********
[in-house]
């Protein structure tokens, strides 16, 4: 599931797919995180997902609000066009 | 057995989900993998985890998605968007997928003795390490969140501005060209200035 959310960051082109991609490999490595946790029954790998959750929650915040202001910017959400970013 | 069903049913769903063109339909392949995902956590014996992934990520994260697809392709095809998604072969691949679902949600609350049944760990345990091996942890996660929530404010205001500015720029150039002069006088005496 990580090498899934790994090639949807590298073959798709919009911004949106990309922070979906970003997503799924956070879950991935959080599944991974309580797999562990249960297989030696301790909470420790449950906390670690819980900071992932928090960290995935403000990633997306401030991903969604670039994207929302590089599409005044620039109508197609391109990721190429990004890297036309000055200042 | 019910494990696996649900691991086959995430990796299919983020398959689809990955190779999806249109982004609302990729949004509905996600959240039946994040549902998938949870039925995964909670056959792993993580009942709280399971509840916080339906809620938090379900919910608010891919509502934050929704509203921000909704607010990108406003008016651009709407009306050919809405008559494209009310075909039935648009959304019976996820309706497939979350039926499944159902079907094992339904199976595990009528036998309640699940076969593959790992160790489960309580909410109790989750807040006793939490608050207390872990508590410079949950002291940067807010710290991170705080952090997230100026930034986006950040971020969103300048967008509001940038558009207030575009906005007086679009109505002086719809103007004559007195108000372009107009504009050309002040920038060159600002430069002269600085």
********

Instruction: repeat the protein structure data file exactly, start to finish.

[in-house]
């Protein structure tokens, strides 16, 4: 599931797919995180997902609000066009 | 057995989900993998985890998605968007997928003795390490969140501005060209200035 959310960051082109991609490999490595946790029954790998959750929650915040202001910017959400970013 | 069903049913769903063109339909392949995902956590014996992934990520994260697809392709095809998604072969691949679902949600609350049944760990345990091996942890996660929530404010205001500015720029150039002069006088005496 990580090498899934790994090639949807590298073959798709919009911004949106990309922070979906970003997503799924956070879950991935959080599944991974309580797999562990249960297989030696301790909470420790449950906390670690819980900071992932928090960290995935403000990633997306401030991903969604670039994207929302590089599409005044620039109508197609391109990721190429990004890297036309000055200042 | 019910494990696996649900691991086959995430990796299919983020398959689809990955190779999806249109982004609302990729949004509905996600959240039946994040549902998938949870039925995964909670056959792993993580009942709280399971509840916080339906809620938090379900919910608010891919509502934050929704509203921000909704607010990108406003008016651009709407009306050919809405008559494209009310075909039935648009959304019976996820309706497939979350039926499944159902079907094992339904199976595990009528036998309640699940076969593959790992160790489960309580909410109790989750807040006793939490608050207390872990508590410079949950002291940067807010710290991170705080952090997230100026930034986006950040971020969103300048967008509001940038558009207030575009906005007086679009109505002086719809103007004559007195108000372009107009504009050309002040920038060159600002430069002269600085």